While the newly refurbished and decorated light poles on North Main Street look beautiful, we miss seeing the old Centra...
12/17/2019

While the newly refurbished and decorated light poles on North Main Street look beautiful, we miss seeing the old Central Fire Station decorated for the season. Here are photos we took in 2015. Hopefully in future years we will see it decorated again!

A Christmas item from our collection!  It’s a tiny stocking presented by the Mansfield Cooperative Bank, probably from t...
12/14/2019

A Christmas item from our collection! It’s a tiny stocking presented by the Mansfield Cooperative Bank, probably from the 1950’s. Inside is a series of slots for ten dimes. If you were feeling a little more generous, there was a slot for “for bill or check”. The poem reads as follows:

“A Christmas stocking
Filled with candy
Is a treat we know,
But this stocking
Filled with dimes
Will make your
Savings grow!

Take me to
Mansfield
Co-operative
Bank”

Thanks to Lori Renker for the donation!

Have you ever wondered what downtown Mansfield would look like if our historical buildings were still standing? We got t...
12/13/2019

Have you ever wondered what downtown Mansfield would look like if our historical buildings were still standing? We got together with our friends at the Mansfield Local Cultural Council to do a little research and some imaginative thinking ... the result is the "Lost Mansfield" calendar. With archival photos and 3D renderings showing the old alongside the new, the calendar pays tribute to the Mansfield of yesteryear, and we hope will inspire some thinking about how the Mansfield of tomorrow could look too! You can pick up a copy -- or a few -- on Saturdays at the Copeland House in December, 10 a.m.-noon. It's a great and unique gift, just $20, all proceeds will support local arts and culture organizations. Stop on by and get yours while supplies last -- check out our books, maps, magnets, and other items while you're here, too! Hope to see you Saturday!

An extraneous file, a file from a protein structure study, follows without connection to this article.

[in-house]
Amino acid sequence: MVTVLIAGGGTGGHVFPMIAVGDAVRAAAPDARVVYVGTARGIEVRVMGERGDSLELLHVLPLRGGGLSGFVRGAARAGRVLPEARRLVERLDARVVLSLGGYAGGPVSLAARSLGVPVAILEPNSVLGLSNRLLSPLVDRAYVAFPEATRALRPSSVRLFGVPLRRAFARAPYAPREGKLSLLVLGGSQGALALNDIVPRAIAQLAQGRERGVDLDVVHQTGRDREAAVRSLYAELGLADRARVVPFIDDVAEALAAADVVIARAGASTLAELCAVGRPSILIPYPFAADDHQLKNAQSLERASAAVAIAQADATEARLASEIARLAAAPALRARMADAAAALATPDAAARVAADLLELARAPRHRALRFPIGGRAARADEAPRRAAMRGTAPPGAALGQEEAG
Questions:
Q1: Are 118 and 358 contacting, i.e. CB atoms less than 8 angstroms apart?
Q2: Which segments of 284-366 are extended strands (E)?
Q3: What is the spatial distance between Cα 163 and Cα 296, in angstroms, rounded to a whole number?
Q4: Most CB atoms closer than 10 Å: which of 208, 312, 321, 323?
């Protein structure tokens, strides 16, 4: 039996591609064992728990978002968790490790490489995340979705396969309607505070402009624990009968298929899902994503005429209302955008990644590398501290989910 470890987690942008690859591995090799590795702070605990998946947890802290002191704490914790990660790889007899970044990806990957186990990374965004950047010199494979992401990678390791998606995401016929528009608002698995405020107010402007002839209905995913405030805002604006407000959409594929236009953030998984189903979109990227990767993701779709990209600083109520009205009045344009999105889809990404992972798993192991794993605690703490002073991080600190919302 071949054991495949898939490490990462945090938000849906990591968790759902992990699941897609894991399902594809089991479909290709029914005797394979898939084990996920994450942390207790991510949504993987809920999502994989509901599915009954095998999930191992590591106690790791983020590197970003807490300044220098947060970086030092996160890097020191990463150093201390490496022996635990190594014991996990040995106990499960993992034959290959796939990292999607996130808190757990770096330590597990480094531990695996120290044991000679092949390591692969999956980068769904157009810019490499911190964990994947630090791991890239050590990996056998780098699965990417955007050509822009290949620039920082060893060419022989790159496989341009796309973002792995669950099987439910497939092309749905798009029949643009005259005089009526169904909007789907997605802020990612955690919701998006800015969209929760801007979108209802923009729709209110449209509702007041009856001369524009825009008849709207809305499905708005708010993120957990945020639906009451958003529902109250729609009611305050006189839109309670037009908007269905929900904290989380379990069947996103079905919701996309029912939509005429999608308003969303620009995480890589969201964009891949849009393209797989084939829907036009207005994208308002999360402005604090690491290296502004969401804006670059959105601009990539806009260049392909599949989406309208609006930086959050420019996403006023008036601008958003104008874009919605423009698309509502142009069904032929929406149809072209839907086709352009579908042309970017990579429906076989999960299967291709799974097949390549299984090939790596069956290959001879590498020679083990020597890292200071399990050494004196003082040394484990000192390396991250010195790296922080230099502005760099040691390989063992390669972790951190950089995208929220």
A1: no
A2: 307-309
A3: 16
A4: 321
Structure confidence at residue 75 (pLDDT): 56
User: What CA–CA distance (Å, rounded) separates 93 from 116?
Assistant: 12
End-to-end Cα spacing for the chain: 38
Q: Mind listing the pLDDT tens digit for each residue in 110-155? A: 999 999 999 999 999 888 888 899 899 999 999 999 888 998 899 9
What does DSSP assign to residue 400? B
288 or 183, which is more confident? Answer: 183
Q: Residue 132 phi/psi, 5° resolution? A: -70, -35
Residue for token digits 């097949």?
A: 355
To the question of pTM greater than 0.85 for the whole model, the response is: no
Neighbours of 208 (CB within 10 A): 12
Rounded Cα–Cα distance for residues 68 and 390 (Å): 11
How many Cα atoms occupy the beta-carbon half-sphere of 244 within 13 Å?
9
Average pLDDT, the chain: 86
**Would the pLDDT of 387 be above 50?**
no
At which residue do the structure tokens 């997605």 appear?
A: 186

“No Gamer Bunch of Boys”: 100 Years of MHS Football Mansfield’s decisive Division 2 Super Bowl victory left many observe...